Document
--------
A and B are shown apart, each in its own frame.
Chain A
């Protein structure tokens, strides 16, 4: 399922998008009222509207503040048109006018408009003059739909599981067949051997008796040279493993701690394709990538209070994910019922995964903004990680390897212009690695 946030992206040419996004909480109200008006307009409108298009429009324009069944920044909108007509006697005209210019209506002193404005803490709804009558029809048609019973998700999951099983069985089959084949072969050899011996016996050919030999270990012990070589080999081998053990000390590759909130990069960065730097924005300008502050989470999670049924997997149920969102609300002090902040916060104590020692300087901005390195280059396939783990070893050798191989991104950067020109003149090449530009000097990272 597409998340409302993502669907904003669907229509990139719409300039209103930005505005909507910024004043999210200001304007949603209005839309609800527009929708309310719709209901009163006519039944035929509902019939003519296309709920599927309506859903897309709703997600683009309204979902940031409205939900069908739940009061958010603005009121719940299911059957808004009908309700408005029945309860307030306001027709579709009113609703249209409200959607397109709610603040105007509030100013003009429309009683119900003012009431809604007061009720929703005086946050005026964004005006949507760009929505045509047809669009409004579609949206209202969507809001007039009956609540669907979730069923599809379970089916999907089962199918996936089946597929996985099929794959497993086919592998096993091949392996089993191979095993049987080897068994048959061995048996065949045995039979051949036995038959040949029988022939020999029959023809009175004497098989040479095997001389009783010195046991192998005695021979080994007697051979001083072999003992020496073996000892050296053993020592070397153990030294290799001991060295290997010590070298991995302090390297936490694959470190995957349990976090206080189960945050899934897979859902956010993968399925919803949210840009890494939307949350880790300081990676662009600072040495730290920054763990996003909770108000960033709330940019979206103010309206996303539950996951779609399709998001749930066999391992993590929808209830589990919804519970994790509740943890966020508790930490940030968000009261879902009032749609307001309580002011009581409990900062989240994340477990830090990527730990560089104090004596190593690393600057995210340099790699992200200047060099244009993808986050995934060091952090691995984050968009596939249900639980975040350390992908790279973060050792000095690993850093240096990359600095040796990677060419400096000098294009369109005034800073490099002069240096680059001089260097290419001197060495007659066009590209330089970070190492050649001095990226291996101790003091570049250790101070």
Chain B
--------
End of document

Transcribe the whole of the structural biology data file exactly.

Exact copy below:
A and B are shown apart, each in its own frame.
Chain A
């Protein structure tokens, strides 16, 4: 399922998008009222509207503040048109006018408009003059739909599981067949051997008796040279493993701690394709990538209070994910019922995964903004990680390897212009690695 946030992206040419996004909480109200008006307009409108298009429009324009069944920044909108007509006697005209210019209506002193404005803490709804009558029809048609019973998700999951099983069985089959084949072969050899011996016996050919030999270990012990070589080999081998053990000390590759909130990069960065730097924005300008502050989470999670049924997997149920969102609300002090902040916060104590020692300087901005390195280059396939783990070893050798191989991104950067020109003149090449530009000097990272 597409998340409302993502669907904003669907229509990139719409300039209103930005505005909507910024004043999210200001304007949603209005839309609800527009929708309310719709209901009163006519039944035929509902019939003519296309709920599927309506859903897309709703997600683009309204979902940031409205939900069908739940009061958010603005009121719940299911059957808004009908309700408005029945309860307030306001027709579709009113609703249209409200959607397109709610603040105007509030100013003009429309009683119900003012009431809604007061009720929703005086946050005026964004005006949507760009929505045509047809669009409004579609949206209202969507809001007039009956609540669907979730069923599809379970089916999907089962199918996936089946597929996985099929794959497993086919592998096993091949392996089993191979095993049987080897068994048959061995048996065949045995039979051949036995038959040949029988022939020999029959023809009175004497098989040479095997001389009783010195046991192998005695021979080994007697051979001083072999003992020496073996000892050296053993020592070397153990030294290799001991060295290997010590070298991995302090390297936490694959470190995957349990976090206080189960945050899934897979859902956010993968399925919803949210840009890494939307949350880790300081990676662009600072040495730290920054763990996003909770108000960033709330940019979206103010309206996303539950996951779609399709998001749930066999391992993590929808209830589990919804519970994790509740943890966020508790930490940030968000009261879902009032749609307001309580002011009581409990900062989240994340477990830090990527730990560089104090004596190593690393600057995210340099790699992200200047060099244009993808986050995934060091952090691995984050968009596939249900639980975040350390992908790279973060050792000095690993850093240096990359600095040796990677060419400096000098294009369109005034800073490099002069240096680059001089260097290419001197060495007659066009590209330089970070190492050649001095990226291996101790003091570049250790101070």
Chain B